I would think that they would be ok with 5.25 platter size. It would be another temporary fix of course but your probably right. That or they would have to get thicker perhaps add another 2 platters to triple the capacity.

Reply Score: 1

RE[3]: Patch fix
by britbrian on Wed 18th Jan 2006 01:31 UTC in reply to "RE[2]: Patch fix"
britbrian Member since:


5.25 disks & multiple platters are very old world.

HDDs need less disks, smaller dias, less mass/inertia, to spin faster with less power so less heat. Spin speed precision & spin-down/up speeds is continuously adjusted in a digital servo loop.

Multiple platters complicates drives because their tracks & sectors must be extremely coherently aligned thru cylinders comprised by used disk surfaces. Motor bearing wear, shocks, disk clamp loosening, thermals etc can deform the coherency of tracks & sectors thru the cylinder. Miss-aligned disks, degrades head servoing which degrades data read/writes times. It only gets worse as areal densities, ie track & bit densities improve.

In each product generation, the single platter product is the sweet spot and the multiple disk products are marginal and unprofitable in commodity markets.


Reply Score: 1

Ex-insider view
by britbrian on Tue 17th Jan 2006 20:09 UTC
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15-18 years ago Byte magazine wrote about the coming vertical recording using cobalt based substrate IIRC.

I was lucky enough to work 5 yrs on disk drive contoller ASICs in late 90s. HDDs use MANY parallel incremental improvements in digital + analog design, firmware, math + codes, electro-mechanical, chemistry, aero dynamics, manufacturing & other disciplines too provide each generations spec improvements.
Vertical recording is not a normal baby step, so it took a while longer to be ready.

I really look forward to storage devics with no moving parts, cool & totally quiet. Wonder what the technology will be ?


Reply Score: 1

Re: the flash animation
by Lazarus on Tue 17th Jan 2006 20:53 UTC
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Uhm... I don't know what to say about that... cult material indeed!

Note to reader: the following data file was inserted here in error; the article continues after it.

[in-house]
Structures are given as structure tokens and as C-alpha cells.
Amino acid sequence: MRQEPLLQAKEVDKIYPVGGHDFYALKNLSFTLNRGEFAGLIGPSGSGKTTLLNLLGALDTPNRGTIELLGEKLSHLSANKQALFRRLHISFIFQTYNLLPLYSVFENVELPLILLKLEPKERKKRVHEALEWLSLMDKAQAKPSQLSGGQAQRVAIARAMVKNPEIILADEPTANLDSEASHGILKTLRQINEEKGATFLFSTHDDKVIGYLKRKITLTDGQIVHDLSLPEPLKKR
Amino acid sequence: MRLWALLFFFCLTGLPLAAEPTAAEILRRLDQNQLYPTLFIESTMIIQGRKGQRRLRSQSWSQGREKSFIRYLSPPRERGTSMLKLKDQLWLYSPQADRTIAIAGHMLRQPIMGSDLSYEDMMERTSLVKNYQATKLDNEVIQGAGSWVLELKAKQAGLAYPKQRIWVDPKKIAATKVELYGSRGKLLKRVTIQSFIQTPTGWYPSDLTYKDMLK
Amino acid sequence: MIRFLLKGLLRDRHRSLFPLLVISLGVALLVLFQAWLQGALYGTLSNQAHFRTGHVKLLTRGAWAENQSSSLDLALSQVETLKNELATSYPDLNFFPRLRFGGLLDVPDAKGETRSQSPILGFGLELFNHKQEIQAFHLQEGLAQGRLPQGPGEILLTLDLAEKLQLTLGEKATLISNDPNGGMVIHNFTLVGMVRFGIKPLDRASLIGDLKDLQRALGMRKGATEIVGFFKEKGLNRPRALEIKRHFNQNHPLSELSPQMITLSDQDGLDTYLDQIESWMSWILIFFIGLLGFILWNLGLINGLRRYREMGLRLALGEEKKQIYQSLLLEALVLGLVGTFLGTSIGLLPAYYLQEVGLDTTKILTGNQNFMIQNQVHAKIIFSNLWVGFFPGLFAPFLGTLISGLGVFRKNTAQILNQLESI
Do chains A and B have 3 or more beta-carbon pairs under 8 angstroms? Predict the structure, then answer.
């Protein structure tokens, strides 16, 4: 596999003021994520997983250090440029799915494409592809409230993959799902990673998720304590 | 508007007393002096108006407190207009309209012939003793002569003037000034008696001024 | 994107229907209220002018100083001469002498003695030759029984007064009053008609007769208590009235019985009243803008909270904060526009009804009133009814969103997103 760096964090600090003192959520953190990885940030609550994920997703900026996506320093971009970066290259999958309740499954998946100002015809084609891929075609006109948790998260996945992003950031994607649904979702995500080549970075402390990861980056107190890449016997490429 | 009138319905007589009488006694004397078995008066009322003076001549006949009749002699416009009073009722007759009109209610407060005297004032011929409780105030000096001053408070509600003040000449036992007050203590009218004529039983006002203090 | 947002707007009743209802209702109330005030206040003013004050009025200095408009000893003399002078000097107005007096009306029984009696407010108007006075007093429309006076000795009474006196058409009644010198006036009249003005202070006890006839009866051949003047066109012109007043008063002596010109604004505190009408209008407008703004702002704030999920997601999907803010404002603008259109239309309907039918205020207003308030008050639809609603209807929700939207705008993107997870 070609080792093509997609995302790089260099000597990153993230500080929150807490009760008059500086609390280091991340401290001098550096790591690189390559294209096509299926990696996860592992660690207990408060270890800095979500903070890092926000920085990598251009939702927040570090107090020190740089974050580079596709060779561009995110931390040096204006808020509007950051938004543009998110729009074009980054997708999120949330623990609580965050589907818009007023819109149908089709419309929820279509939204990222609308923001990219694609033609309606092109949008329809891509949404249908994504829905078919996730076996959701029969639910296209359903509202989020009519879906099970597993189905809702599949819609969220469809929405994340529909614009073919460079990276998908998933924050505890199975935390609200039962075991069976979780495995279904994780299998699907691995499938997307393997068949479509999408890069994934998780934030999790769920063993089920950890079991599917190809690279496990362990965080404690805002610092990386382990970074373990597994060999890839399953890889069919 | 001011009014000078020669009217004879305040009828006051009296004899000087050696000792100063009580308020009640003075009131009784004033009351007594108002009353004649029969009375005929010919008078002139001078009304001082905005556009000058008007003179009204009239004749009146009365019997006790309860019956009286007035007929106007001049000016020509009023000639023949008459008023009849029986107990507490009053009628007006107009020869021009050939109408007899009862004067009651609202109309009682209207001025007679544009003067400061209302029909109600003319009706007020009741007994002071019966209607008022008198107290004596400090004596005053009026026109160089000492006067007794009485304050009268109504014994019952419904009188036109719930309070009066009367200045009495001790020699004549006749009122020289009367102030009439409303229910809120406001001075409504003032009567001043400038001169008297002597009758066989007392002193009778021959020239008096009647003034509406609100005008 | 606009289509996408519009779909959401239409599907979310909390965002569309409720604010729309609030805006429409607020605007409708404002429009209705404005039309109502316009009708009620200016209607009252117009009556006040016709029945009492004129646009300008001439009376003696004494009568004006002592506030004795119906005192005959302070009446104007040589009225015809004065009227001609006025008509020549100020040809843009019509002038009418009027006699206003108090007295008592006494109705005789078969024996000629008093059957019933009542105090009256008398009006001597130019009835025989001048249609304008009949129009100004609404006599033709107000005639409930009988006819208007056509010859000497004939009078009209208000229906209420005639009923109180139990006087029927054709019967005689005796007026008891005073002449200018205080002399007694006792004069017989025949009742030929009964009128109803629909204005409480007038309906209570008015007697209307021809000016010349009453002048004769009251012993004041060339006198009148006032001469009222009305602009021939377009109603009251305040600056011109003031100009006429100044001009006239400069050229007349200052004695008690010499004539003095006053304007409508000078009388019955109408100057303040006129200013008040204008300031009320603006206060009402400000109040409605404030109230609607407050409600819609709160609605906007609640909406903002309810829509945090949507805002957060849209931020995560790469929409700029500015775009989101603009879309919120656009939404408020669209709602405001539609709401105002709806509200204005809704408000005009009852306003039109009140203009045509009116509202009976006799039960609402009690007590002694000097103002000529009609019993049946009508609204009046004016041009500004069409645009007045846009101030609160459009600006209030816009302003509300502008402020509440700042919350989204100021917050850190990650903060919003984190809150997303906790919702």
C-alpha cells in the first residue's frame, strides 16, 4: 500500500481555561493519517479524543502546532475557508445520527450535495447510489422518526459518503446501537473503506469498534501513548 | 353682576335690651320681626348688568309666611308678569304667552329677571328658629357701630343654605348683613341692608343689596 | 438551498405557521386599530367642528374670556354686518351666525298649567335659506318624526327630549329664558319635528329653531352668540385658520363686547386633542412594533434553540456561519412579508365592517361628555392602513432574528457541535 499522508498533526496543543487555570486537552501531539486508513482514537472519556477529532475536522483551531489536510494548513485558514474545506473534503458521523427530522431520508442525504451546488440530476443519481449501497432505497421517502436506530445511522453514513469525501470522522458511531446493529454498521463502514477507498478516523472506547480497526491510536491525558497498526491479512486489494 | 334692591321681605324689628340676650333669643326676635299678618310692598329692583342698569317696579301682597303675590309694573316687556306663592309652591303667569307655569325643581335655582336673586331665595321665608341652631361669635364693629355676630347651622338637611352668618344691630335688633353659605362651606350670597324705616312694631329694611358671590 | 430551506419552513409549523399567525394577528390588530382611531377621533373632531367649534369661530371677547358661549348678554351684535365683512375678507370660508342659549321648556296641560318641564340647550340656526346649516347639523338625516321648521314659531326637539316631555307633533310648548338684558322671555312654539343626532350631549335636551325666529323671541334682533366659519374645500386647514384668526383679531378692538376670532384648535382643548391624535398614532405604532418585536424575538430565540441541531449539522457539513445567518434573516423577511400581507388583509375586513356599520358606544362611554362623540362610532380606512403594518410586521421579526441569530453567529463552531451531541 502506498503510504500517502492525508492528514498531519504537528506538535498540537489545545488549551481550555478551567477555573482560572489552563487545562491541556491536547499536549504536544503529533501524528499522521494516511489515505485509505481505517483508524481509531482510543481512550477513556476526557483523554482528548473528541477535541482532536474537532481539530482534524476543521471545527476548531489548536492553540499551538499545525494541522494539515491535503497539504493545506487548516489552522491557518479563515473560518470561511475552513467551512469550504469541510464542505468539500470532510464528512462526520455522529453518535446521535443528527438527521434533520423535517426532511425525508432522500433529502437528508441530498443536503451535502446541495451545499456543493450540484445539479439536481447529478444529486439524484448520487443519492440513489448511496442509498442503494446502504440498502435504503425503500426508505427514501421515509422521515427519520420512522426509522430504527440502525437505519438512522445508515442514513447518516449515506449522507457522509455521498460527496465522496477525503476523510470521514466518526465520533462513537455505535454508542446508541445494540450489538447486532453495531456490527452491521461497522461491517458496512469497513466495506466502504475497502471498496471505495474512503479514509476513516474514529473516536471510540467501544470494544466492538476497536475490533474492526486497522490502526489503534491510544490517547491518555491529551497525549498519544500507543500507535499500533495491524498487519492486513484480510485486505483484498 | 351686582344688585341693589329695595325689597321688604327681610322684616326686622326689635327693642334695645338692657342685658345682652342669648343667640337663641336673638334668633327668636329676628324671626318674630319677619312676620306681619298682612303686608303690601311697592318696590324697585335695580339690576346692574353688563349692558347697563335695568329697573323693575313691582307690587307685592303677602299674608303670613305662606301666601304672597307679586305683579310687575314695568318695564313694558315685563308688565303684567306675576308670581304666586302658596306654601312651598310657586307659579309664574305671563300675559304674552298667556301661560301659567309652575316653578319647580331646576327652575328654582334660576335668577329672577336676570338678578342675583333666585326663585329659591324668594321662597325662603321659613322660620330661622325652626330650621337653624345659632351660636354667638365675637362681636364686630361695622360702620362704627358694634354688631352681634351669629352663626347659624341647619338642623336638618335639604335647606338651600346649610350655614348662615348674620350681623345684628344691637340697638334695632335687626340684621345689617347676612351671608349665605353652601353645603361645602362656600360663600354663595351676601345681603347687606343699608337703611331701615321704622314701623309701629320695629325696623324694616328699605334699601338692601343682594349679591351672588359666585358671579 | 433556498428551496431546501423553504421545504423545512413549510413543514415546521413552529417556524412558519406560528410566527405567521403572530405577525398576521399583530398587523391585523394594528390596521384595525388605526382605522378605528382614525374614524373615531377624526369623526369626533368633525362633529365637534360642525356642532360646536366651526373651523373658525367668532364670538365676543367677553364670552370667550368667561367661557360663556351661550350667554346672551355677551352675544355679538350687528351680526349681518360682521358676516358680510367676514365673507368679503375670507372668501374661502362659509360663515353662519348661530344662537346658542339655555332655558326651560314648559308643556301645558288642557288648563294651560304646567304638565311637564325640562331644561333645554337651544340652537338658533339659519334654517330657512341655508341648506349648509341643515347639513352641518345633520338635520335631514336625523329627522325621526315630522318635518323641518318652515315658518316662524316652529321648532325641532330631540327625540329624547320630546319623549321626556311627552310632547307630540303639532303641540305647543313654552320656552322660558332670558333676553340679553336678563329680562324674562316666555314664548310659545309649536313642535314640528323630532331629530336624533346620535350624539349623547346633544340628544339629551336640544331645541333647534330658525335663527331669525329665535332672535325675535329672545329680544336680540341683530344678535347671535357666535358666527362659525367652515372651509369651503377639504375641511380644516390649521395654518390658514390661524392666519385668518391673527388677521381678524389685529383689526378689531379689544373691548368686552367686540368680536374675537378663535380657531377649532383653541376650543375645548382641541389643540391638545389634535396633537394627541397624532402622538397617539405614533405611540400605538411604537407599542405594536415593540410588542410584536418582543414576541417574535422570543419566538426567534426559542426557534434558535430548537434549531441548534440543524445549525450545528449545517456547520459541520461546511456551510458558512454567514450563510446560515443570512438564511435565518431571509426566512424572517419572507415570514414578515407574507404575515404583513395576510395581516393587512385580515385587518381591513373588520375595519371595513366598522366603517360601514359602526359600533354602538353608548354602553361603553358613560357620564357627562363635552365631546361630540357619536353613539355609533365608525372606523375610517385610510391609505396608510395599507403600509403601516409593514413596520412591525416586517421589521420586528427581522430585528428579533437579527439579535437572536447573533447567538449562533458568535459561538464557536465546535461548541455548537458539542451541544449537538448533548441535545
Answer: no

Reply Score: 1

by Eric Martin on Wed 18th Jan 2006 01:39 UTC
Eric Martin
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Can't stand them.

Loud,break down, slow and suck power.

Sucks that holographic drives haven't happened yet.

Needed them along time ago.

Flash will be good.

Reply Score: 1

speed not volume
by re_re on Wed 18th Jan 2006 01:59 UTC
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Any word on the read/write speeds or the access times. Space is not an issue to me but the speed is a huge issue as I deal with a lot of very large files because I create and edit a lot of video.

If these are capable of running 20-30% faster I'll spend the extra money to get 2 of them as soon as they hit the market and raid the drives.

Reply Score: 1

Flash animation
by dmrio on Wed 18th Jan 2006 03:01 UTC
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Can I buy this music for my iPod? ;-)

Reply Score: 1

by DigitalAxis on Wed 18th Jan 2006 03:15 UTC
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I think I may have seen that animation before. Either that or somewhere in the distant past, "Schoolhouse Rock" managed to go on a drugged-out time-travel trip to my past...

Reply Score: 1

Yeah, RIGHT, we'll see this soon...
by deathshadow on Wed 18th Jan 2006 14:57 UTC
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When did we get to /b/? Seriously? Given Hitachi drives are usually rinky unreliable crap anyways, I wouldn't hold my breath on seeing this on shelves any time in the next decade. This ranks up there with 'head per track', 'optical tracking' and 'quantum storage'...

Oh, and re_re has it right; these limp wristed {censored} complaining about hard drives being 'loud' in this day and age SERIOUSLY need to get bent. Half the damned machines out there today already are so quiet that when I turn them on I think they are broken.

There are certain little namby pamby sissy boys need to spend some time next to a Bernouli box or 5 meg Winchesters.

Sorry, pet peeve.

Edited 2006-01-18 14:58

Reply Score: 0